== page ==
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Water rules pass federal hurdle

Posted: July 31, 2008 9:57 p.m.
Updated: October 2, 2008 5:01 a.m.
Two measures aimed at imposing federal standards for perchlorate in drinking water passed a key Senate committee, Sen. Barbara Boxer said Thursday.

“Perchlorate in drinking water threatens the most vulnerable among us — children and pregnant women,” Boxer said in a statement Thursday.

“Today the (Senate) Environment Committee has made real progress toward ensuring that children and families can turn on their taps and be assured that their water is safe to drink.”

California standards for perchlorate in drinking water are six micrograms per liter.

The chemical, commonly used in rocket fuel, contaminates 106 sites in California, including the nearly 1,000 acres of Whittaker-Bermite land located south of Saugus Speedway.

Groundwater wells near Whittaker-Bermite are tested for perchlorate regularly; several were capped when the contaminant was detected. The Santa Clarita Valley gets about 50 percent of its drinking water from wells.
A perchlorate-removal system can be seen on Bouquet Canyon Road just north of the bridge over the Santa Clara River.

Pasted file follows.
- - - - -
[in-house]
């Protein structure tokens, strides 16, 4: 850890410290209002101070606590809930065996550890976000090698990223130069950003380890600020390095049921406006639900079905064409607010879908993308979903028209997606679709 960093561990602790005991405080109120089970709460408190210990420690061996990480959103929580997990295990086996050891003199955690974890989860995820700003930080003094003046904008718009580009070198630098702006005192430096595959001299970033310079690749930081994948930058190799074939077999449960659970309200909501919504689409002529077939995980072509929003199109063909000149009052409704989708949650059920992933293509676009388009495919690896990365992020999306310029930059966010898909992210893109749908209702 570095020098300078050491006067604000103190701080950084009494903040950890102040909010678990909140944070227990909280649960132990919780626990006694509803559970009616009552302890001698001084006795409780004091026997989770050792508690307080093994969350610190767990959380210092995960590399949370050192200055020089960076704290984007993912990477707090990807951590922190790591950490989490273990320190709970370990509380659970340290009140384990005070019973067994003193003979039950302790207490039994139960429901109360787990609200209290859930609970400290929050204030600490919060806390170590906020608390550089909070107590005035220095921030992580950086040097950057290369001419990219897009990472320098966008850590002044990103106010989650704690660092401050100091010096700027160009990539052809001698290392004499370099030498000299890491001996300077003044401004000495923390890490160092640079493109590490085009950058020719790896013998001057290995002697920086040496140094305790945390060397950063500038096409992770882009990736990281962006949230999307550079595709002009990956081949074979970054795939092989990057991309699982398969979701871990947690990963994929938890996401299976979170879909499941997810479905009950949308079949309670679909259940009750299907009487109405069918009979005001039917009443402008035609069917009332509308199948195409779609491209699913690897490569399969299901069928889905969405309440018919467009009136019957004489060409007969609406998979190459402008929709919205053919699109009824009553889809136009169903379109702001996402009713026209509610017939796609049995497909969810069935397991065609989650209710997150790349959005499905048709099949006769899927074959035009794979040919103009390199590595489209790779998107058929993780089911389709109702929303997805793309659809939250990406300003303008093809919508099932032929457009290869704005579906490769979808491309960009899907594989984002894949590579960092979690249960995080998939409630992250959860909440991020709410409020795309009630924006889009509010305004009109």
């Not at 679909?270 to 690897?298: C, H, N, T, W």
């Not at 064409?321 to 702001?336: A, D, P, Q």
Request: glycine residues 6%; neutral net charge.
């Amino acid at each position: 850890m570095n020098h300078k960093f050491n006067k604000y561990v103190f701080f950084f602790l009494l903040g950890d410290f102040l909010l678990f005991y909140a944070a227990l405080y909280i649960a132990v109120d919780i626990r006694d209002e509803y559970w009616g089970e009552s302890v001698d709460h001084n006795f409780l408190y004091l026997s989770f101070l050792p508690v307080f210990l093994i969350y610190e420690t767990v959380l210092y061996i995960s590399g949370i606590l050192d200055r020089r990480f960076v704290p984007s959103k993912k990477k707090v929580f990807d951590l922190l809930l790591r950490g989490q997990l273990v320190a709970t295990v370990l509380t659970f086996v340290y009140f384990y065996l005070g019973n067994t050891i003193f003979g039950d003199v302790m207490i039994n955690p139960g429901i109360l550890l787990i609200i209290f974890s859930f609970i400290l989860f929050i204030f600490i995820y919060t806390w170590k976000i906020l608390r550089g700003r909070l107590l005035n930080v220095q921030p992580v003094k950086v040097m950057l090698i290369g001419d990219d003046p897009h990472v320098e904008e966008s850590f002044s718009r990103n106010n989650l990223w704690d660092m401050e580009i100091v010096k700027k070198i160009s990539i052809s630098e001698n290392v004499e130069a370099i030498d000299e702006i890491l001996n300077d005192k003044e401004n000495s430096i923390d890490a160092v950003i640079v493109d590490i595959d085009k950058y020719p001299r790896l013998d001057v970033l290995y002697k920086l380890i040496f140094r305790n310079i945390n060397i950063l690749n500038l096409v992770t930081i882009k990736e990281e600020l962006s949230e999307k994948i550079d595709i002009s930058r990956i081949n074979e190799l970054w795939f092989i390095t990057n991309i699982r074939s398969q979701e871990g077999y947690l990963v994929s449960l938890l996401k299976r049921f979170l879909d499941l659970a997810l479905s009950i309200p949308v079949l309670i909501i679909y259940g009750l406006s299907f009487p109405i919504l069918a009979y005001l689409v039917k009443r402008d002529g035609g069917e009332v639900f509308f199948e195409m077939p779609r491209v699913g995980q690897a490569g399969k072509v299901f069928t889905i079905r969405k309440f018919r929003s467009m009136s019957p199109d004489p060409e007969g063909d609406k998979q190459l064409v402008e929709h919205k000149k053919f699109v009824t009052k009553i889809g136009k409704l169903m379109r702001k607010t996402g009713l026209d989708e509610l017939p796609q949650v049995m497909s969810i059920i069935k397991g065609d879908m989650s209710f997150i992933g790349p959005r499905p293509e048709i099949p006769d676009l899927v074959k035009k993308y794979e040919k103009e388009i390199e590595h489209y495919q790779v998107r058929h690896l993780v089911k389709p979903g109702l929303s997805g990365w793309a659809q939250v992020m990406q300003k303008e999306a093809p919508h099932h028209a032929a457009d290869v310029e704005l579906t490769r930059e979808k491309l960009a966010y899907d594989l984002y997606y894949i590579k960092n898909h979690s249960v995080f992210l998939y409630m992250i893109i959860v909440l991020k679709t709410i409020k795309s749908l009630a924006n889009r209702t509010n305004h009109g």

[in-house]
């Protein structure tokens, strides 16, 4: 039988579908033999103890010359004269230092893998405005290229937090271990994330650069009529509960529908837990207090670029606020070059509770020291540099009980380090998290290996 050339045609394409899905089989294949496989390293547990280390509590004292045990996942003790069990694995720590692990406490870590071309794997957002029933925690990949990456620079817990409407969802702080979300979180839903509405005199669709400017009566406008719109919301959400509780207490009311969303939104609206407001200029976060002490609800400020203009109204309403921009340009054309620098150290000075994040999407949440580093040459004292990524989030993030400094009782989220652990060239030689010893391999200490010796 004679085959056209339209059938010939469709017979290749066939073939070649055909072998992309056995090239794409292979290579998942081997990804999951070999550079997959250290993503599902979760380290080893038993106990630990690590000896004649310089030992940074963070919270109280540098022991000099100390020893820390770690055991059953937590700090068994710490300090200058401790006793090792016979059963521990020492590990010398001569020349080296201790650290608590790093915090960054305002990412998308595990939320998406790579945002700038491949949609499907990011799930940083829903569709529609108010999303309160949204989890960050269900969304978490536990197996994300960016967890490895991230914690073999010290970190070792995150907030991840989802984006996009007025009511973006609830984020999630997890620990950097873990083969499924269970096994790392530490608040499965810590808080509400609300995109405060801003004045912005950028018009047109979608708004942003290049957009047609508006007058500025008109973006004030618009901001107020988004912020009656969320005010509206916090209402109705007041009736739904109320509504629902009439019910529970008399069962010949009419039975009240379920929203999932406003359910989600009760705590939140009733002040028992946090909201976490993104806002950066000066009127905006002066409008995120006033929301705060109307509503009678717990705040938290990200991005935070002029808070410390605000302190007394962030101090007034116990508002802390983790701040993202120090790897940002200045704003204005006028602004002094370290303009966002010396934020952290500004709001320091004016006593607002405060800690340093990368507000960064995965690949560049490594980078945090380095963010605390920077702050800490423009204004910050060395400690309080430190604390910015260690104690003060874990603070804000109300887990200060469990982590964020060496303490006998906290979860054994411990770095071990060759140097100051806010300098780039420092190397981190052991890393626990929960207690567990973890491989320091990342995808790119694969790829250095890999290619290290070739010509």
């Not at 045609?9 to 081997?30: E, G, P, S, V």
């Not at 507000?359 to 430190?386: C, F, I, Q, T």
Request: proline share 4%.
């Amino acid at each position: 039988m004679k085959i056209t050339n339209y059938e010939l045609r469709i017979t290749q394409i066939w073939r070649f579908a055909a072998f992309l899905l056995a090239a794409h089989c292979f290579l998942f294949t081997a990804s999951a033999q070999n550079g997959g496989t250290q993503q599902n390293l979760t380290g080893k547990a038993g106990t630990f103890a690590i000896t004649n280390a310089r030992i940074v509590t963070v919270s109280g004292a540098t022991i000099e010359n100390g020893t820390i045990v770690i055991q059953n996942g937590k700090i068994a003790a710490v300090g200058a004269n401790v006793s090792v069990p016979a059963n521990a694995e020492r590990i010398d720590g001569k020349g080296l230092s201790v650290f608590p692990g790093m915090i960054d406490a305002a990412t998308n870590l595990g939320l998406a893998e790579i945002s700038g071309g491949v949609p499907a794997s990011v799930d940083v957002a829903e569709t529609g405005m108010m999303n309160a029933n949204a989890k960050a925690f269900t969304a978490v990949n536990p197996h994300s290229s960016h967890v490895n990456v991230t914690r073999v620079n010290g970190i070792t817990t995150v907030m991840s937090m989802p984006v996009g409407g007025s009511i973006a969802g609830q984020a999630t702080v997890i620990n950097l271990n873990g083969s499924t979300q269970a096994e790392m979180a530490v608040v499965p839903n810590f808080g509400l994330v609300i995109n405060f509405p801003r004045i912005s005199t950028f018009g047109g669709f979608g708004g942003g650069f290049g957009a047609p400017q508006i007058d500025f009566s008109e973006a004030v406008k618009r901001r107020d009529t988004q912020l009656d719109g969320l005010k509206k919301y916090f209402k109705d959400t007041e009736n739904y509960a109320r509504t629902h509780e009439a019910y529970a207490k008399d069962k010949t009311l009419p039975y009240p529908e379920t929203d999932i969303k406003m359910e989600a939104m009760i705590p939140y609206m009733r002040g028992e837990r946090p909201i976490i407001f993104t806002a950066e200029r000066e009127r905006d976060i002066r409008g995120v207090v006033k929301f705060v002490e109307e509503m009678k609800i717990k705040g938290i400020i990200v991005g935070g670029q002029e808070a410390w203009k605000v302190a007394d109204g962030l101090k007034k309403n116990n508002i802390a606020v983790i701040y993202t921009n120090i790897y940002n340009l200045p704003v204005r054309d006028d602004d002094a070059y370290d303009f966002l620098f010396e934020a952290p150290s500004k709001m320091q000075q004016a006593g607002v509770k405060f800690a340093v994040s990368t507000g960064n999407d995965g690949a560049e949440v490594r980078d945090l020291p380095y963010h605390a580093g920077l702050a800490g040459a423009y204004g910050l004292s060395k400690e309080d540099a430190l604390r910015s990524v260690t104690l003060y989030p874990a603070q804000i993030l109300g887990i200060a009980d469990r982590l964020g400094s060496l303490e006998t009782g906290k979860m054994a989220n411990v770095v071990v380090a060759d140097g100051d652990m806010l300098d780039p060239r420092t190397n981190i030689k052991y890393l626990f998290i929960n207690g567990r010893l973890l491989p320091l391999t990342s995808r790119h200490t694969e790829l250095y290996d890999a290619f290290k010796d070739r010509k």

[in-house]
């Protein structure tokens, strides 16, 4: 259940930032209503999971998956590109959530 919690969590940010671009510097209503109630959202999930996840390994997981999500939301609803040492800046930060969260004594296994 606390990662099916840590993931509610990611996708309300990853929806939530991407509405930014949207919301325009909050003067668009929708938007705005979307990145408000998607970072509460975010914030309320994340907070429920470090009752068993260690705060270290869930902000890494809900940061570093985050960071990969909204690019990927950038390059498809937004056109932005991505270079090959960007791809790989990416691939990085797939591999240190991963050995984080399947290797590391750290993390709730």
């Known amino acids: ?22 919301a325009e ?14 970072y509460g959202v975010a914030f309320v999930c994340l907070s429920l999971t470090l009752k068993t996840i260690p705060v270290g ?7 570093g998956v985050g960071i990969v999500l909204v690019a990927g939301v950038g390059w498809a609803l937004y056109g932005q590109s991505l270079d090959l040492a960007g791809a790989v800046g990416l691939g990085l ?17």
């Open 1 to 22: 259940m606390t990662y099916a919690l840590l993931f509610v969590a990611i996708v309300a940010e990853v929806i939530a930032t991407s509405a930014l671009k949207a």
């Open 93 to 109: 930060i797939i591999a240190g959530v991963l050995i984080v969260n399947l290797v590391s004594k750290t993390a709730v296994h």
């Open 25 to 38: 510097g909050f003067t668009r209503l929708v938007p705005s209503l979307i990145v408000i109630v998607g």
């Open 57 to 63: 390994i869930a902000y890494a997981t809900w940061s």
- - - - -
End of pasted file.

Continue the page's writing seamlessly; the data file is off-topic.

The measures applauded Thursday by Boxer, D-Calif., include the Perchlorate Monitoring and Right to Know Act, which would require the U.S. Environmental Protection Agency to test drinking water for perchlorate and disclose its findings; and the Protecting Pregnant Women and Children from Perchlorate Act, which would require the EPA to set a federal standard for perchlorate in drinking water.

Perchlorate and its salts are used in propellant for rockets, missiles, and fireworks, as well as in the production of matches, flares and explosives.

In humans, it interferes with iodide uptake by the thyroid gland and can decrease production of thyroid hormones, which are needed for prenatal and postnatal growth and development.


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